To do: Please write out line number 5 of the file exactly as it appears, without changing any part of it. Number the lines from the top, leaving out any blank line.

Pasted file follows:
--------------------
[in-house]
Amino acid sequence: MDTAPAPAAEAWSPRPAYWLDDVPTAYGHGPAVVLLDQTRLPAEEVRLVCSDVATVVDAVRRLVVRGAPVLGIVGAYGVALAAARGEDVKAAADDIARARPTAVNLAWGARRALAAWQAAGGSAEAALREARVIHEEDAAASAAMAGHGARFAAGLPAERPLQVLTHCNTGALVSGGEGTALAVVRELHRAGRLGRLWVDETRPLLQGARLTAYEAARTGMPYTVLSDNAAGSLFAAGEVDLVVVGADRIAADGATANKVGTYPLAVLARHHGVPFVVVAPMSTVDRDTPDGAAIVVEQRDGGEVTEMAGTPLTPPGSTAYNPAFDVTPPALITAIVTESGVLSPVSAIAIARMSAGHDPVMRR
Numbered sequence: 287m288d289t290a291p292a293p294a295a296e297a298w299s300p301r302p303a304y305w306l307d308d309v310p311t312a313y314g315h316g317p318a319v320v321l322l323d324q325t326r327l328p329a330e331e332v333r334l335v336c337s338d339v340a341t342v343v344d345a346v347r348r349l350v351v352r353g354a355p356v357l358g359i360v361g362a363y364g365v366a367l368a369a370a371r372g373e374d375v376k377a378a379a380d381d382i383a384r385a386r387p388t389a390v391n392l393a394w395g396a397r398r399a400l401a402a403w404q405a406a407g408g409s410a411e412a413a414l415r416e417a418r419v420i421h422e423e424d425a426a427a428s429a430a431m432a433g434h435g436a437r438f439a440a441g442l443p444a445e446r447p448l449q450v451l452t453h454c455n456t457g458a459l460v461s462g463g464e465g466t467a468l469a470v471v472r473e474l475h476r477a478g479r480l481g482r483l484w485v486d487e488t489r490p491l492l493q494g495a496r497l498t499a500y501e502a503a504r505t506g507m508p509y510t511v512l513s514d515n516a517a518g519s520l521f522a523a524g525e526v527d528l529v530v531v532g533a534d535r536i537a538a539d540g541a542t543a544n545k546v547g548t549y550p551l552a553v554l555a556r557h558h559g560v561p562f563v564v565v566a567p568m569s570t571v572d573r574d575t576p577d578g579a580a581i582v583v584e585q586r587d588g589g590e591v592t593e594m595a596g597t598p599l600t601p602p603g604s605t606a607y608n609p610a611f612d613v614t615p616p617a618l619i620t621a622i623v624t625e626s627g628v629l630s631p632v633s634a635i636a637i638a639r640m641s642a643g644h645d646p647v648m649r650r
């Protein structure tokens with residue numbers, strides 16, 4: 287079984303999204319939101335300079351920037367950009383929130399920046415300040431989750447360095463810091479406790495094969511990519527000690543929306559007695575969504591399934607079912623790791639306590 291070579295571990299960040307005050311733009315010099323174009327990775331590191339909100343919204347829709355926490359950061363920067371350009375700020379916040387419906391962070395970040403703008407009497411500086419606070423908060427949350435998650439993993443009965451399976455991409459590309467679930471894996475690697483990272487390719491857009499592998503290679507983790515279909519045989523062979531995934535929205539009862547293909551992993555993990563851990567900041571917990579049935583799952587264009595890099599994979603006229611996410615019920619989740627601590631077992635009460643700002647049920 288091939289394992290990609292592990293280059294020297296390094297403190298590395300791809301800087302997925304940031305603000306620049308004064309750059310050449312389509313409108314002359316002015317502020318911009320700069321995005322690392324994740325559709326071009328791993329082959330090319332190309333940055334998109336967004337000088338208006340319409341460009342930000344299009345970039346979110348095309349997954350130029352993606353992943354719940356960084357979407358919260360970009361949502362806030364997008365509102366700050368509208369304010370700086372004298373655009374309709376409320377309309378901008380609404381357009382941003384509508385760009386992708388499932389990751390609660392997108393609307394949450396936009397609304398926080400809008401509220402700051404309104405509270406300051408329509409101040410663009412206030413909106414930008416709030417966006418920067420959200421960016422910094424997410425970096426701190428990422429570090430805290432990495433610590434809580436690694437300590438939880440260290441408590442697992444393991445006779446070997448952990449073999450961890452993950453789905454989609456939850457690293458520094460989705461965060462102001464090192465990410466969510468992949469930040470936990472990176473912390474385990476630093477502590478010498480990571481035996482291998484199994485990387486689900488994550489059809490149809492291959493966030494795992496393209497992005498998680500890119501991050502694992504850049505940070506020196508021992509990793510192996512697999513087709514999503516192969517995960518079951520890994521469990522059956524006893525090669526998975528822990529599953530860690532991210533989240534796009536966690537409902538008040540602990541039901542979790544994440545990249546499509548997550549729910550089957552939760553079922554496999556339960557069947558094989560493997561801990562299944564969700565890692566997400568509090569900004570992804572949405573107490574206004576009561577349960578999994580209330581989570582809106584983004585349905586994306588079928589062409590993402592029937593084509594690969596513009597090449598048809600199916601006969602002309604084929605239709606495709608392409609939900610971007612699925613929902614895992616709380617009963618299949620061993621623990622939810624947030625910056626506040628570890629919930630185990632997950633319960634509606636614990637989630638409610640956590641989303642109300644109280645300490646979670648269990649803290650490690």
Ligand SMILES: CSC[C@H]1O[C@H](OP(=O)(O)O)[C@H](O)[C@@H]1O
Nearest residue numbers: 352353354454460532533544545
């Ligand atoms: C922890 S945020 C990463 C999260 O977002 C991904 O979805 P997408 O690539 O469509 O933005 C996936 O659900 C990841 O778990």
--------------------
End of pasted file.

Ligand SMILES: CSC[C@H]1O[C@H](OP(=O)(O)O)[C@H](O)[C@@H]1O